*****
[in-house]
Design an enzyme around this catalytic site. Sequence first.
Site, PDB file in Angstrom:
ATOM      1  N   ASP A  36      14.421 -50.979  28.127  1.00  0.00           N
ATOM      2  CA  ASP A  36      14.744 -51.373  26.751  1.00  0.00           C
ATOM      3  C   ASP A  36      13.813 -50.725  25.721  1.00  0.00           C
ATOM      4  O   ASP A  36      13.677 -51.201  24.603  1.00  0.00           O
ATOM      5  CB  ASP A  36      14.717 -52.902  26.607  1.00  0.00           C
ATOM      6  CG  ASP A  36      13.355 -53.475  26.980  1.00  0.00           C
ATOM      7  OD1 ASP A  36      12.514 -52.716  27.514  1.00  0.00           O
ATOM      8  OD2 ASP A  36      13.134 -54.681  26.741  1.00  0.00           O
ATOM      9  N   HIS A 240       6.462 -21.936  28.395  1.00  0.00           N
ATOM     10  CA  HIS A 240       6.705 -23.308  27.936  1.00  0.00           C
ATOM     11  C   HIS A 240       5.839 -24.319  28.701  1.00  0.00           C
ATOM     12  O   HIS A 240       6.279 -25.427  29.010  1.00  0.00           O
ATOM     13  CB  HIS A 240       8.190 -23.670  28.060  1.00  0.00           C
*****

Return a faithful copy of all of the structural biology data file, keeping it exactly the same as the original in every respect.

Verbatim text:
[in-house]
Design an enzyme around this catalytic site. Sequence first.
Site, PDB file in Angstrom:
ATOM      1  N   ASP A  36      14.421 -50.979  28.127  1.00  0.00           N
ATOM      2  CA  ASP A  36      14.744 -51.373  26.751  1.00  0.00           C
ATOM      3  C   ASP A  36      13.813 -50.725  25.721  1.00  0.00           C
ATOM      4  O   ASP A  36      13.677 -51.201  24.603  1.00  0.00           O
ATOM      5  CB  ASP A  36      14.717 -52.902  26.607  1.00  0.00           C
ATOM      6  CG  ASP A  36      13.355 -53.475  26.980  1.00  0.00           C
ATOM      7  OD1 ASP A  36      12.514 -52.716  27.514  1.00  0.00           O
ATOM      8  OD2 ASP A  36      13.134 -54.681  26.741  1.00  0.00           O
ATOM      9  N   HIS A 240       6.462 -21.936  28.395  1.00  0.00           N
ATOM     10  CA  HIS A 240       6.705 -23.308  27.936  1.00  0.00           C
ATOM     11  C   HIS A 240       5.839 -24.319  28.701  1.00  0.00           C
ATOM     12  O   HIS A 240       6.279 -25.427  29.010  1.00  0.00           O
ATOM     13  CB  HIS A 240       8.190 -23.670  28.060  1.00  0.00           C